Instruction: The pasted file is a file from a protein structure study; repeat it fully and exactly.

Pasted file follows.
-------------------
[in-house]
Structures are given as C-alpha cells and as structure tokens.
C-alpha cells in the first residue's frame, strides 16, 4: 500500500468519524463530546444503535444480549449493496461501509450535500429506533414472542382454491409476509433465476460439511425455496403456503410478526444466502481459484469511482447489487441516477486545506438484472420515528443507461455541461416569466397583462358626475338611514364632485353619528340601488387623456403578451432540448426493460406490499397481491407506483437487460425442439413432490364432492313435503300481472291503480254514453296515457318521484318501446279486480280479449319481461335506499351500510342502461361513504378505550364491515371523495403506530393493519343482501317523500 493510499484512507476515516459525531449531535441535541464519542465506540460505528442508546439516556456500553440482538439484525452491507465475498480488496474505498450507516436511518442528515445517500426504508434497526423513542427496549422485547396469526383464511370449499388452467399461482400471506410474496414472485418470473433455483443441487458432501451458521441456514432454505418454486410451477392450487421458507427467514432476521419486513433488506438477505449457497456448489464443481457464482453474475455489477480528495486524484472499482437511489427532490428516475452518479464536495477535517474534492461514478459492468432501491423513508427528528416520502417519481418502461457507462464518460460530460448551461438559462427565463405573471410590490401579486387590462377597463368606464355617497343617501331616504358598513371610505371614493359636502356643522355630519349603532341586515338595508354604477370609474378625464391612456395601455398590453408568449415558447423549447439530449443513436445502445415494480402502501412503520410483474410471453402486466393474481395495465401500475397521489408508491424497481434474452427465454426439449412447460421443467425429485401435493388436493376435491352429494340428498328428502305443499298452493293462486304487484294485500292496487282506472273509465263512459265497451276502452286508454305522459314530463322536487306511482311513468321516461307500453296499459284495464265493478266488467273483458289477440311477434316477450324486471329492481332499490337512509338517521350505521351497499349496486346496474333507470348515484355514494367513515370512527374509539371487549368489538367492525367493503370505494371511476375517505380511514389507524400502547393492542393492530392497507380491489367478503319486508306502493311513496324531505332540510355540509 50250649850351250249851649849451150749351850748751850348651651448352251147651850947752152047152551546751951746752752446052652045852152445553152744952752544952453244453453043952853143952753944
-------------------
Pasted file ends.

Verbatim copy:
[in-house]
Structures are given as C-alpha cells and as structure tokens.
C-alpha cells in the first residue's frame, strides 16, 4: 500500500468519524463530546444503535444480549449493496461501509450535500429506533414472542382454491409476509433465476460439511425455496403456503410478526444466502481459484469511482447489487441516477486545506438484472420515528443507461455541461416569466397583462358626475338611514364632485353619528340601488387623456403578451432540448426493460406490499397481491407506483437487460425442439413432490364432492313435503300481472291503480254514453296515457318521484318501446279486480280479449319481461335506499351500510342502461361513504378505550364491515371523495403506530393493519343482501317523500 493510499484512507476515516459525531449531535441535541464519542465506540460505528442508546439516556456500553440482538439484525452491507465475498480488496474505498450507516436511518442528515445517500426504508434497526423513542427496549422485547396469526383464511370449499388452467399461482400471506410474496414472485418470473433455483443441487458432501451458521441456514432454505418454486410451477392450487421458507427467514432476521419486513433488506438477505449457497456448489464443481457464482453474475455489477480528495486524484472499482437511489427532490428516475452518479464536495477535517474534492461514478459492468432501491423513508427528528416520502417519481418502461457507462464518460460530460448551461438559462427565463405573471410590490401579486387590462377597463368606464355617497343617501331616504358598513371610505371614493359636502356643522355630519349603532341586515338595508354604477370609474378625464391612456395601455398590453408568449415558447423549447439530449443513436445502445415494480402502501412503520410483474410471453402486466393474481395495465401500475397521489408508491424497481434474452427465454426439449412447460421443467425429485401435493388436493376435491352429494340428498328428502305443499298452493293462486304487484294485500292496487282506472273509465263512459265497451276502452286508454305522459314530463322536487306511482311513468321516461307500453296499459284495464265493478266488467273483458289477440311477434316477450324486471329492481332499490337512509338517521350505521351497499349496486346496474333507470348515484355514494367513515370512527374509539371487549368489538367492525367493503370505494371511476375517505380511514389507524400502547393492542393492530392497507380491489367478503319486508306502493311513496324531505332540510355540509 50250649850351250249851649849451150749351850748751850348651651448352251147651850947752152047152551546751951746752752446052652045852152445553152744952752544952453244453453043952853143952753944